Among my many habits that provoke much familial eye-rolling is the daily trip to the mailbox, from which I return, muttering that Hollywood never effing calls.
Everyone knows that good news never comes by mail, of course. And Hollywood has no reason to call, seeing as I’ve never sent anything that way. It’s just an old inside joke around here, which goes back to a former job:
INT. RESTAURANT DINING ROOM – NIGHT
Employees of XCorp, including VP INFO SYSTEMS and SOMERSET, sit at a large table, drinking beer and eating steak. Laughter rings in the air; the mood is celebratory.
VP INFO SYSTEMS
What about you, Andrew? Where do you see yourself in five years?
I intend to write a screenplay, sell it for a zillion dollars, and get the hell out of this crummy zoo.
Anyway, I don’t work there anymore. But I have always been interested in screenwriting.
In fact, when I originally scribbled out the idea for my upcoming novel, Combat Camera, I thought it would be a screenplay. But when I went to write it, a little voice said, “Somerset, you have no idea how to write a screenplay. Make a novel of it.”
(About 40,000 words later, the same little voice said, “Somerset, you have no idea how to write a novel, either.”)
More recently, I’ve been working on short stories. Short stories and I have not been getting along. For various reasons, writing these things has ceased to be fun. The ideas haven’t been exciting.
About a month ago, I ran into the kind of thing that does excite me, one of those things you run into surfing the web at random: what if you took this thing, and combined it with this other unrelated thing? (What if you took the greatest living combat photographer and put him in the pornographer’s studio?)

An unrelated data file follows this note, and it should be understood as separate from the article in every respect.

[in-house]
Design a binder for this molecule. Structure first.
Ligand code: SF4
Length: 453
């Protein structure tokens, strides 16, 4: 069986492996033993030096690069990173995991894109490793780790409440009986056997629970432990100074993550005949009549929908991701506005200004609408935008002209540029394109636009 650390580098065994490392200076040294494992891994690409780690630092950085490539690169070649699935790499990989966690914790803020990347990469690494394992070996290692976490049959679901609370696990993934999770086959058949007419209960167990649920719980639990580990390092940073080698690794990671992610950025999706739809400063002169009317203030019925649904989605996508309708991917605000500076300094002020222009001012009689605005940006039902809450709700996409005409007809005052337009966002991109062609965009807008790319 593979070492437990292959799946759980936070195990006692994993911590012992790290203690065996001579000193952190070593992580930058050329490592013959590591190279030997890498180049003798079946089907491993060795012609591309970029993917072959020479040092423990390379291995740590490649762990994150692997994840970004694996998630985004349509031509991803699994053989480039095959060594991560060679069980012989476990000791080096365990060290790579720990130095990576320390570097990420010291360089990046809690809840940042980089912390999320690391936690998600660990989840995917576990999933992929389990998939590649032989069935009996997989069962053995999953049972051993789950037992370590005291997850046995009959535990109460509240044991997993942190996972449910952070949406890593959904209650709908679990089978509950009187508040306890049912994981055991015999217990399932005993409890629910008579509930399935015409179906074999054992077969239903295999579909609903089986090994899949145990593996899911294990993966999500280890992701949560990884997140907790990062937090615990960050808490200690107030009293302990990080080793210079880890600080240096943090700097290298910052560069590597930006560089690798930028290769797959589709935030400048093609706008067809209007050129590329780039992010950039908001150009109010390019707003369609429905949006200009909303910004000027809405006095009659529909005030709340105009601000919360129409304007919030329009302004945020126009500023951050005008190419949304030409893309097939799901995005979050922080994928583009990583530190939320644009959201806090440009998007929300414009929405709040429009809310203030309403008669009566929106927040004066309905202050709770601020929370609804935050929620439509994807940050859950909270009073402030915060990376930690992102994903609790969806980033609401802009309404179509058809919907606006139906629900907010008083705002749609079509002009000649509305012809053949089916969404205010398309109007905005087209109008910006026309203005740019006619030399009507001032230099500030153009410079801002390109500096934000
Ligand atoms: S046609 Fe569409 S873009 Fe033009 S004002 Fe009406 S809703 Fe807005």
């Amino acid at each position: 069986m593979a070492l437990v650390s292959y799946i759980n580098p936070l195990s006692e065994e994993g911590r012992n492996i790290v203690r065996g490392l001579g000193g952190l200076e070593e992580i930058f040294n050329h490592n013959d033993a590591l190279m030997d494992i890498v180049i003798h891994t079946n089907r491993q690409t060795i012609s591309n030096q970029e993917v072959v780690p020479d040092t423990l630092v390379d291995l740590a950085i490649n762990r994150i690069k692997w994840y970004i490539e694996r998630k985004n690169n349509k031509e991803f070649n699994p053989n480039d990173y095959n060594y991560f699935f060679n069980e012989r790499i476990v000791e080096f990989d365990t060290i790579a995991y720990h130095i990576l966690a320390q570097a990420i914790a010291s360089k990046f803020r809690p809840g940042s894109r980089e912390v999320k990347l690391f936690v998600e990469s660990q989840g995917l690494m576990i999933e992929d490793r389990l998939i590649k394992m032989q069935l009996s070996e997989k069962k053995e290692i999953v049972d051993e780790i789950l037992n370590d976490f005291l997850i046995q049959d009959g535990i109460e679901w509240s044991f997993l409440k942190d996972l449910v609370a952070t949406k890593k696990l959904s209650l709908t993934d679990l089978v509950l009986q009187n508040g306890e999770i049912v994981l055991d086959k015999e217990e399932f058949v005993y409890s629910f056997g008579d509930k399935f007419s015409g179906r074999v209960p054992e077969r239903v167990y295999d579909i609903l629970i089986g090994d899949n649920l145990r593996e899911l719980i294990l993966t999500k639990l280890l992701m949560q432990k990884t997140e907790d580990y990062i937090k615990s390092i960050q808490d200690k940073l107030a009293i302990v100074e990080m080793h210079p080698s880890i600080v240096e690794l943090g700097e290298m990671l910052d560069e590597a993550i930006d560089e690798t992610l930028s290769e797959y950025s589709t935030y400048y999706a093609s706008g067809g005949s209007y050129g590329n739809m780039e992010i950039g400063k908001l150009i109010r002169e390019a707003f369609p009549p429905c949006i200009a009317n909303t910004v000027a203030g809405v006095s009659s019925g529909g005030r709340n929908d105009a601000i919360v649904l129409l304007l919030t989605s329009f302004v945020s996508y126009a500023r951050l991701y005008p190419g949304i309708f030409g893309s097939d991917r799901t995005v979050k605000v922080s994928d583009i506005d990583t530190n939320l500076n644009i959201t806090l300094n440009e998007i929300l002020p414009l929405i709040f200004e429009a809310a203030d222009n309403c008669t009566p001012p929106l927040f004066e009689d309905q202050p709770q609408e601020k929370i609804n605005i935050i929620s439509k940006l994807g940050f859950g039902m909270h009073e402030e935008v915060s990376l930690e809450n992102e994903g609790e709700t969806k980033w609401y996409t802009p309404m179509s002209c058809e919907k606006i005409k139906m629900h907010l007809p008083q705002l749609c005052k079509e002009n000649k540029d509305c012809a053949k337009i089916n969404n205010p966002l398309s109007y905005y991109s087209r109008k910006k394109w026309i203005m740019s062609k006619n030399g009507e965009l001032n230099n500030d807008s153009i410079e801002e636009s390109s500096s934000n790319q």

So I mulled this thing for about a month. And I thought, this could only really work as a screenplay. So on Friday, I told the little voice to shut up, and started sticking index cards on my wall. On Saturday, I fired the little voice that demanded a complete outline, and just started writing the thing.
And by Sunday evening, I had 46 pages and a rediscovered joy in writing.
This is a purely enjoyable form. It is, in a sense, the worst possible form for any serious writer; anything you do will simply become a blueprint for someone else to revise. Your precious words are worth approximately squat. But in a Zen sense, the journey being the destination, that’s irrelevant.
It’s worth doing because it’s fun to do while you’re doing it: watching the thing gain shape, watching characters take form, watching the whole thing accrete mass and grow richer. Nothing is firm; everything has the potential to grow in significance and redefine the whole idea. This richness is what attracts me to longer forms, I think; I don’t find it writing short fiction.
And the screenplay, I find, has its own special challenges. You don’t get to play with words here, except in dialogue. You don’t get to pull out all the stops and dazzle with your descriptive powers, etc. You get to do essentially two things, in a first draft: plot, and write dialogue. I like writing dialogue, but plotting … plotting is a bugbear for a lot of people, and I’m one of them.
If you’re writing, say, a sendup of the heist caper (who, me?), then you’re going to have to plot. So even if this project goes nowhere, I’ll be happy for that discipline.
And you have to dramatize everything. Unless you’re going to cheat with voiceover. This is also good discipline.
I’m wondering why I didn’t do this years ago. But I know the answer: that little voice.